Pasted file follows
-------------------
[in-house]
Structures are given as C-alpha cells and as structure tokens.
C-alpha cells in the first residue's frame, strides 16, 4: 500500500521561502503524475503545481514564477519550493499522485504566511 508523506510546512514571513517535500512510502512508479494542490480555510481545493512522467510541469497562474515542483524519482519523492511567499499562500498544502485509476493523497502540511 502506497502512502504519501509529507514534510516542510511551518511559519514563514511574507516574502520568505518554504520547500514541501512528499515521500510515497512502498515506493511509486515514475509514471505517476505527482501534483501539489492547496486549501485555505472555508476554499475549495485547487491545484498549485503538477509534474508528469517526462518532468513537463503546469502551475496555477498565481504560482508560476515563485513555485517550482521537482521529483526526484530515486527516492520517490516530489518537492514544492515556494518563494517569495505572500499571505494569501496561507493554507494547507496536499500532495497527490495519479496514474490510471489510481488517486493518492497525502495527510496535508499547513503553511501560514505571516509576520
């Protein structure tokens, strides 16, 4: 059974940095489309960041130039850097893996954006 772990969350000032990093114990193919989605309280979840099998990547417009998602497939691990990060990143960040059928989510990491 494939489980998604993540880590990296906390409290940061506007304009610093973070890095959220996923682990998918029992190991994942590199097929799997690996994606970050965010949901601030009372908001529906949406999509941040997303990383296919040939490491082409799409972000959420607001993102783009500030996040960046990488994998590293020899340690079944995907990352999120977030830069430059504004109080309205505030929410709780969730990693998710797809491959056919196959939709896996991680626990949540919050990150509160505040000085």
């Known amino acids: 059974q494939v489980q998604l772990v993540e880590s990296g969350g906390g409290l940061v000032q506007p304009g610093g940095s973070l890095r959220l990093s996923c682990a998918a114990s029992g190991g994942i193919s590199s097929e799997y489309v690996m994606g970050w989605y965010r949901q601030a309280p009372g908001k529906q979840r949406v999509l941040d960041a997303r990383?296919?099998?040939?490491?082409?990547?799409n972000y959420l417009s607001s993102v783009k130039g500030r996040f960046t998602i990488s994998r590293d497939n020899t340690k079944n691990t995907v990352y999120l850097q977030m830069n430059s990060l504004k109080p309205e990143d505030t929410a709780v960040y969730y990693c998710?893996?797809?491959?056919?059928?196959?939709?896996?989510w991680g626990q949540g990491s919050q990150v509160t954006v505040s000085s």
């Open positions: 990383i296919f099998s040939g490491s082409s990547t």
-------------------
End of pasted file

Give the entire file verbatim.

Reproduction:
[in-house]
Structures are given as C-alpha cells and as structure tokens.
C-alpha cells in the first residue's frame, strides 16, 4: 500500500521561502503524475503545481514564477519550493499522485504566511 508523506510546512514571513517535500512510502512508479494542490480555510481545493512522467510541469497562474515542483524519482519523492511567499499562500498544502485509476493523497502540511 502506497502512502504519501509529507514534510516542510511551518511559519514563514511574507516574502520568505518554504520547500514541501512528499515521500510515497512502498515506493511509486515514475509514471505517476505527482501534483501539489492547496486549501485555505472555508476554499475549495485547487491545484498549485503538477509534474508528469517526462518532468513537463503546469502551475496555477498565481504560482508560476515563485513555485517550482521537482521529483526526484530515486527516492520517490516530489518537492514544492515556494518563494517569495505572500499571505494569501496561507493554507494547507496536499500532495497527490495519479496514474490510471489510481488517486493518492497525502495527510496535508499547513503553511501560514505571516509576520
């Protein structure tokens, strides 16, 4: 059974940095489309960041130039850097893996954006 772990969350000032990093114990193919989605309280979840099998990547417009998602497939691990990060990143960040059928989510990491 494939489980998604993540880590990296906390409290940061506007304009610093973070890095959220996923682990998918029992190991994942590199097929799997690996994606970050965010949901601030009372908001529906949406999509941040997303990383296919040939490491082409799409972000959420607001993102783009500030996040960046990488994998590293020899340690079944995907990352999120977030830069430059504004109080309205505030929410709780969730990693998710797809491959056919196959939709896996991680626990949540919050990150509160505040000085």
């Known amino acids: 059974q494939v489980q998604l772990v993540e880590s990296g969350g906390g409290l940061v000032q506007p304009g610093g940095s973070l890095r959220l990093s996923c682990a998918a114990s029992g190991g994942i193919s590199s097929e799997y489309v690996m994606g970050w989605y965010r949901q601030a309280p009372g908001k529906q979840r949406v999509l941040d960041a997303r990383?296919?099998?040939?490491?082409?990547?799409n972000y959420l417009s607001s993102v783009k130039g500030r996040f960046t998602i990488s994998r590293d497939n020899t340690k079944n691990t995907v990352y999120l850097q977030m830069n430059s990060l504004k109080p309205e990143d505030t929410a709780v960040y969730y990693c998710?893996?797809?491959?056919?059928?196959?939709?896996?989510w991680g626990q949540g990491s919050q990150v509160t954006v505040s000085s």
């Open positions: 990383i296919f099998s040939g490491s082409s990547t």